Are You Looking After Your Brain?
I was a bit of a wild child in the nineties…and it doesn't seem that long ago when I was dancing to the Pixies and shouting out the words "where is my mind". Do you remember that song? I loved it!
Now, only a few decades later, a few decades of growing older, having children and trying to cope with adulthood, those words don’t seem so much fun anymore - I seem to have lost not quite my mind, but my memory, and I often struggle with brain fog.
Although our brains have an amazing ability to continually form new neural pathways, known as "neuroplasticity", they do need to be healthy for this to occur. In other words, we need to look after them...rest them, feed them and exercise them.
Often we’re so busy looking after our families and our general health that we don’t make time to specifically look after our brains, yet it is surprisingly easy to ensure we’re resting, feeding and exercising them. Below you’ll find a few different ways in which you can look after your own brain. Try one and let me know how it goes.
Kirtan Kriya: Improve Your Memory and Brain Health through Meditation and Breathing Techniques
Meditation and breathing techniques are well-known for improving mental health and practising your own routine or joining a regular group practise will not only help you keep your brain healthy but will also help you cope better with stress.
There is one meditation in particular that is known for improving memory. This is the yogic meditation Kirtan Kriya in which you combine breathing, chanting and specific hand movements all into one. According to The Alzheimers Research and Prevention Foundation, “practicing it for just 12 minutes a day has been shown to reduce stress levels and increase activity in areas of the brain that are central to memory”. Click here to watch Dr Helen Levretsky from the Semel Institute of Neuroscience and Human Behaviour at UCLA explain how to do Kirtan Kriya >
The Default Mode Network: A Healthy Brain Starts with a Rested Brain
You don’t always have to do something to improve your brain function. In fact, simply doing nothing is one of the best ways you can look after your brain.
Interestingly, when we're doing nothing, specific regions of our brain activate. Together these regions are known as the Default Mode Network and they're the same regions that activate when we ponder our past, plan our future, think about our beliefs and explore social and emotional themes. These mental explorations are what enable us to learn from our experiences, adapt to our environments and integrate with our community. So next time your teenager is lying on the couch, staring into space and doing nothing give them a break...their Default Mode Network is hard at work helping them improve their social understanding of both themselves and others.
Back to the topic of you doing nothing ... it really is easier said than done, isn't it? How often do you actually do nothing? How often do you give yourself “downtime” in which to relax, daydream, stare into space, let your mind roam?
In his article, Why Your Brain Needs More Downtime, Ferris Jabr explains the importance of downtime:
“What research to date also clarifies, however, is that even when we are relaxing or daydreaming, the brain does not really slow down or stop working. Rather—just as a dazzling array of molecular, genetic and physiological processes occur primarily or even exclusively when we sleep at night—many important mental processes seem to require what we call downtime and other forms of rest during the day. Downtime replenishes the brain’s stores of attention and motivation, encourages productivity and creativity, and is essential to achieve our highest levels of performance.”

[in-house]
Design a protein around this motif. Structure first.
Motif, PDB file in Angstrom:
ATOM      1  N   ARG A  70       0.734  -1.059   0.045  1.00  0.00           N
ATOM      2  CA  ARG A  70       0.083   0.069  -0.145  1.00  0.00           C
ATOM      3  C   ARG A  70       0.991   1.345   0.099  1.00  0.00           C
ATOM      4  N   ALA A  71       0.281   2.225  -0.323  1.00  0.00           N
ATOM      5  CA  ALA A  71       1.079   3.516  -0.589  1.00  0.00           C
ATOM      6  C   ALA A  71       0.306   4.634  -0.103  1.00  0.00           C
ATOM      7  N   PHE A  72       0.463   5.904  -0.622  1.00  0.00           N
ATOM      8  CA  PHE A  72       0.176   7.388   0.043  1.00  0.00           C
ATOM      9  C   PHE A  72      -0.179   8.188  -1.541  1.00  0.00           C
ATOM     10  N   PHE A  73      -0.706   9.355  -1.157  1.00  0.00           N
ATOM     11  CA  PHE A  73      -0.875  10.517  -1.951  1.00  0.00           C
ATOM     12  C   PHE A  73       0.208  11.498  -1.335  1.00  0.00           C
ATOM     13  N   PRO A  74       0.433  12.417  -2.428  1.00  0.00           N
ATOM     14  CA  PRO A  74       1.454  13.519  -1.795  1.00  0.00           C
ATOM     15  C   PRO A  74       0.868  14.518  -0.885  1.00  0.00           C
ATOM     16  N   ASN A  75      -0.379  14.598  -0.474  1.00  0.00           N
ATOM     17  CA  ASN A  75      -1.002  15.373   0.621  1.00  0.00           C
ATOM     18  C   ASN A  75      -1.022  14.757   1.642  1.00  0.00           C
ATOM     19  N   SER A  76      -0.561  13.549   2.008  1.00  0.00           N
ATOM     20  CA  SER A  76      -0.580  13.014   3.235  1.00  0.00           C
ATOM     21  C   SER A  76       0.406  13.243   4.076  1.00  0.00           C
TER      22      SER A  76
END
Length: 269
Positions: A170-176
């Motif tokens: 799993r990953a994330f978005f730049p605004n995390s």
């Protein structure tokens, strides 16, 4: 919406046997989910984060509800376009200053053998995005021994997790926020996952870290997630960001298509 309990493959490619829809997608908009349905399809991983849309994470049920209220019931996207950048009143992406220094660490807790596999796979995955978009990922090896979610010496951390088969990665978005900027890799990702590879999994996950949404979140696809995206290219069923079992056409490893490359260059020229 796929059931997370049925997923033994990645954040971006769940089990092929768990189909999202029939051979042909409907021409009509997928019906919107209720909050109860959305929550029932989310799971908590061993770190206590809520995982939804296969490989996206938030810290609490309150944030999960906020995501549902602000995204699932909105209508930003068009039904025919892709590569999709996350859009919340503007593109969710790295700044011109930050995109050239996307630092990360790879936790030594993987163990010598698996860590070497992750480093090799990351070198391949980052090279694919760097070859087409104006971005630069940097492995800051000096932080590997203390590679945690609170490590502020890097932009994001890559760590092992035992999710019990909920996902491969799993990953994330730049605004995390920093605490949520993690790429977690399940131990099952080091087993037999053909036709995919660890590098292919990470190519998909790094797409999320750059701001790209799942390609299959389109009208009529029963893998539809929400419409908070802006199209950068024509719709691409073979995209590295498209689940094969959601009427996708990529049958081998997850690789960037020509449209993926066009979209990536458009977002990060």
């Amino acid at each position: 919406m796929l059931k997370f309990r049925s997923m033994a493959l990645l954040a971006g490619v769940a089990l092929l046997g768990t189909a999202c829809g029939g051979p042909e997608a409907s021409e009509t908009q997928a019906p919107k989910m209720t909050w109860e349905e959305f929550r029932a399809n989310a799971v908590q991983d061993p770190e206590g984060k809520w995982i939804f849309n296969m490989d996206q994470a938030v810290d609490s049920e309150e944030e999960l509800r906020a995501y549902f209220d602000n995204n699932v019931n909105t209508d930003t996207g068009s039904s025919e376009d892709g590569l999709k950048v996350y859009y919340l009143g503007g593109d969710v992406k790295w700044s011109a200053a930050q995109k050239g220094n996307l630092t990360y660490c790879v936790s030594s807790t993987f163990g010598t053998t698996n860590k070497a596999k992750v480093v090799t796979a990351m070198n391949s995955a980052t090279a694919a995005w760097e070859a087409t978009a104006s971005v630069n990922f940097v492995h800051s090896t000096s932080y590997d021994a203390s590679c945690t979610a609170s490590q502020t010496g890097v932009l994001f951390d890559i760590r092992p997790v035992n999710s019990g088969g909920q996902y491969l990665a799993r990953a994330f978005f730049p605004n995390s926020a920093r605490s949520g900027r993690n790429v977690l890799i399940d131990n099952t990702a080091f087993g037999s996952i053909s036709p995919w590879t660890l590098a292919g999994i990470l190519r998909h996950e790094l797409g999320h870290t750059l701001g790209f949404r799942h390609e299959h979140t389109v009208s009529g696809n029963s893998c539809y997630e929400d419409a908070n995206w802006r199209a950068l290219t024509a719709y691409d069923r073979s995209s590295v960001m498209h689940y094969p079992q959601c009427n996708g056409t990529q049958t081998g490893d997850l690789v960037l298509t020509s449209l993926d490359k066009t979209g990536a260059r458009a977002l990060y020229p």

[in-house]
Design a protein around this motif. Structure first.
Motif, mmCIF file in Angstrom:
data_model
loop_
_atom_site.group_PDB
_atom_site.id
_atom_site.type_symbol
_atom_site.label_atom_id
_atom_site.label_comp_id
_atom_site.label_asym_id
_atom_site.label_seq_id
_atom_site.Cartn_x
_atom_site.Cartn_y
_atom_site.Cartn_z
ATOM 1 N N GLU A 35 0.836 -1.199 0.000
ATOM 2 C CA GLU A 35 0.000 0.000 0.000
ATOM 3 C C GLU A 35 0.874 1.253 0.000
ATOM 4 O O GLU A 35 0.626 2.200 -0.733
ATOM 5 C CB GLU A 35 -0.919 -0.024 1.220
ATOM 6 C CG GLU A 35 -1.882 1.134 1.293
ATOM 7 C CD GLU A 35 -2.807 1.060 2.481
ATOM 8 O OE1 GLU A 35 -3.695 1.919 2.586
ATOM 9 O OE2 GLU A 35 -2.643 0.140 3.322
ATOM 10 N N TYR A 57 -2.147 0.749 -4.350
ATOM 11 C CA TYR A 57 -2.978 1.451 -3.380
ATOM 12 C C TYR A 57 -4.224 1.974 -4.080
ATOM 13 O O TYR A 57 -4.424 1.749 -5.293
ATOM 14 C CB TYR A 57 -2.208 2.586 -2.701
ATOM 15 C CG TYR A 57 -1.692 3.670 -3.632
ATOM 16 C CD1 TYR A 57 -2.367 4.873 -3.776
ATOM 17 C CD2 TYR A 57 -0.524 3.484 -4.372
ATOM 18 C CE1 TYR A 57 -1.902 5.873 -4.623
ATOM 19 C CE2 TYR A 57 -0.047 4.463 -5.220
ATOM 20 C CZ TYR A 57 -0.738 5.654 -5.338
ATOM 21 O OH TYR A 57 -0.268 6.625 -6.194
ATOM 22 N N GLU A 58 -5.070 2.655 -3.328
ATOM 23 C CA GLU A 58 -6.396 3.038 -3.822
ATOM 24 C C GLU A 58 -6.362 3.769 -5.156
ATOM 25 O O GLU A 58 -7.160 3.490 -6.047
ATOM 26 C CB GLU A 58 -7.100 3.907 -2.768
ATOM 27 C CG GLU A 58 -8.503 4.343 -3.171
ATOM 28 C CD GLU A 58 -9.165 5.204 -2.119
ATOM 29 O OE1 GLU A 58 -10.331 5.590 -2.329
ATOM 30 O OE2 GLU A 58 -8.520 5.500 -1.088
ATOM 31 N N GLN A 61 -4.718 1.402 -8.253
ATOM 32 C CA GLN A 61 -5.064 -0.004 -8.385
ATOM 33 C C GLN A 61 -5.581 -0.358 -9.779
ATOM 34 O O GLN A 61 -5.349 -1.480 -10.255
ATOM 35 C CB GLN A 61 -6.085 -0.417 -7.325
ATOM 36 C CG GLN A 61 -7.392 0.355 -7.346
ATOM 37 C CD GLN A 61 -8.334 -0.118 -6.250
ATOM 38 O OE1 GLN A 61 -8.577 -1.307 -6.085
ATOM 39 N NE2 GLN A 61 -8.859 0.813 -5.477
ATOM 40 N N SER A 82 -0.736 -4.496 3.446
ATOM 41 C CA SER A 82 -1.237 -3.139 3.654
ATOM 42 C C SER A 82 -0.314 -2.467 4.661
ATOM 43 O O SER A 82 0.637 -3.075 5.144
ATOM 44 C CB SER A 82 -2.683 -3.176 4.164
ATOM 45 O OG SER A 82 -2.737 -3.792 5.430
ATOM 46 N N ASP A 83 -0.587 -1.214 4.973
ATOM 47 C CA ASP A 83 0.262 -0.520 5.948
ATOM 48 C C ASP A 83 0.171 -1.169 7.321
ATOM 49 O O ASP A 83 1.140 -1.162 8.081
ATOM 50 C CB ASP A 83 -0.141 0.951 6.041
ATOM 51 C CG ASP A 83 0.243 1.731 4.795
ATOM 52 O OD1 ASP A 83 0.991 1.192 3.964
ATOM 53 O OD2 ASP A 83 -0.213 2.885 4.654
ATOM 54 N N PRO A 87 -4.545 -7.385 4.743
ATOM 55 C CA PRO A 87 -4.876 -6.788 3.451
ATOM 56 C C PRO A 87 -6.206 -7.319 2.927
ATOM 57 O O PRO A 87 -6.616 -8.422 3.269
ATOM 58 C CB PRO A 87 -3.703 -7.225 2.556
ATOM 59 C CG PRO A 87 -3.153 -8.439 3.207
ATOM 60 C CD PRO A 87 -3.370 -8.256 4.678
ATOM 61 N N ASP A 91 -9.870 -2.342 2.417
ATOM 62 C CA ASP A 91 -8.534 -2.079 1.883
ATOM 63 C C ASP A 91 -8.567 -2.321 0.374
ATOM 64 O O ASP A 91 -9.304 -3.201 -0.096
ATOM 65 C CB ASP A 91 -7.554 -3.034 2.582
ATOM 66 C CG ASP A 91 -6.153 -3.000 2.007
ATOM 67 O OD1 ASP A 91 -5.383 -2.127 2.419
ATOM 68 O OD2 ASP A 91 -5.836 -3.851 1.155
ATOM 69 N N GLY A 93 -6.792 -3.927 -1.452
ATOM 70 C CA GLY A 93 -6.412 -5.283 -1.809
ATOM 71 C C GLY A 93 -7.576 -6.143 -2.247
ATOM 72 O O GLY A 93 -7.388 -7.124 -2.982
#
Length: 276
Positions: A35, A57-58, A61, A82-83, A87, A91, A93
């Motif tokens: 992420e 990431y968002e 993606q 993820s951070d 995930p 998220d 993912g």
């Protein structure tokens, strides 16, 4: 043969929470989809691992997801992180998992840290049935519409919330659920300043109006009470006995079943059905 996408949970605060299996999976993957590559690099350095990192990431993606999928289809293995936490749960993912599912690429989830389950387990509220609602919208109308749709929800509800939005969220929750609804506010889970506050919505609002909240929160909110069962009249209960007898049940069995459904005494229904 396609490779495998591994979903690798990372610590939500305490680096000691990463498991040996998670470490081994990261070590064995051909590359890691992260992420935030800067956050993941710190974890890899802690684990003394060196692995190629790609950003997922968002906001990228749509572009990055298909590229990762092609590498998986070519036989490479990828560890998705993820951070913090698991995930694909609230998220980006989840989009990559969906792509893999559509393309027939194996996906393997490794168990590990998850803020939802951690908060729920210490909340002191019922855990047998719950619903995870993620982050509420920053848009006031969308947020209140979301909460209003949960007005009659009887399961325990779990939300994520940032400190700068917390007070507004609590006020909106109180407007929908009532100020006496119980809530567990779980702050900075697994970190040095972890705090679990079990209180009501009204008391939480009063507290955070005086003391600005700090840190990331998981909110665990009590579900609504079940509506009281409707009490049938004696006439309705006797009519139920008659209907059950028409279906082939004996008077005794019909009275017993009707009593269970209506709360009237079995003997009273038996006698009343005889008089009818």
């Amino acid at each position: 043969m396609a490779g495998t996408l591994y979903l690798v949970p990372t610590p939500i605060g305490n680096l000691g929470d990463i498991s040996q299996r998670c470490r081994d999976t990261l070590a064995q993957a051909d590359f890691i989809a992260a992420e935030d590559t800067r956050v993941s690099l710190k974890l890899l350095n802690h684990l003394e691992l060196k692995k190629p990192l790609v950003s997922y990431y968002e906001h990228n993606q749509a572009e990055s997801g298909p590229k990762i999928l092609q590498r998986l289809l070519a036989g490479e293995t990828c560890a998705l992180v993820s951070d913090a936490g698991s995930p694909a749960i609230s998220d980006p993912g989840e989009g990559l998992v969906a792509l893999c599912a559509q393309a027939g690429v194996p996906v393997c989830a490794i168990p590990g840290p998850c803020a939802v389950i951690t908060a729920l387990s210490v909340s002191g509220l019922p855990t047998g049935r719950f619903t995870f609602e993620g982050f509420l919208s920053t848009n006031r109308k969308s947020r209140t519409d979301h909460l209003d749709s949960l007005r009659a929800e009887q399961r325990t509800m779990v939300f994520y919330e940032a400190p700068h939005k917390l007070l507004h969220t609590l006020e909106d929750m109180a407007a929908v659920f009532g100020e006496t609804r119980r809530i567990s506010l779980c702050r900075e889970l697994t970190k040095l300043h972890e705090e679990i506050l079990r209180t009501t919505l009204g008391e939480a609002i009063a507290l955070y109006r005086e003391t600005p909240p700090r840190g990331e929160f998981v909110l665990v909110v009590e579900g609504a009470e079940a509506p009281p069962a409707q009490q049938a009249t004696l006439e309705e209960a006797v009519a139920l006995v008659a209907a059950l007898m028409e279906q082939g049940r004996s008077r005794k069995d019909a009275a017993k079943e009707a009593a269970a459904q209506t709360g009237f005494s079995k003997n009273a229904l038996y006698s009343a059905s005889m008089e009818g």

Try to give yourself a little bit of downtime every day. Find something you enjoy doing that takes you away from the daily grind of your life: walking in nature, playing outdoors with your kids, doing a puzzle, painting - something in which you can switch your mind off and lose yourself.
Eat to Feed Your Brain
Feeding our brains is essential to keeping them healthy and rather than focusing on what you should cut out of your diet, focus on what you need to include. For example:
With every meal try to eat some "brainfood" - add seeds, nuts, oily fish, avocados, olive oil or coconut oil to your meal to ensure you get a good dose of essential fatty acids and vitamin E.
If you’re under a lot of stress, then try to increase your intake of foods rich in B-vitamins as they are essential for a healthy nervous system. A vitamin B-complex supplement is often a good idea when you are under a great deal of stress or if you are vegan as some of the B-vitamins are only found in animal products such as meat, dairy and eggs.
There are also many herbs that can help improve your memory, your sleep and your ability to cope with stress. Ashwaganda (Withania somnifera) and Brahmi (Bacopa monnieri) are two of my favourite adaptogenic herbs that help soothe and support our brain health. Ask your naturopath or herbalist for more information on these wonderful herbs.
Exercise for a Healthy Brain
If you’re like me and you shudder at the word "exercise", then I apologise for the following statement but it is true - regular exercise is vital not only for the health of your body, but also for the health of your brain.
Cardiovascular exercise ensures there is adequate blood-flow to the brain, improves your sleep and helps you de-stress. There is study after study showing how important movement is to mental health and if you genuinely care about the health of your brain, then you need to get off the couch, or out of your office, and do some kind of cardiovascular exercise every single day.
Last but not least, regular mental exercises help ensure neuro-plasticity. As the saying goes, "use it or lose it". So try doing a crossword or brainteaser every day or learn something new and challenging such as a musical instrument or even a new language.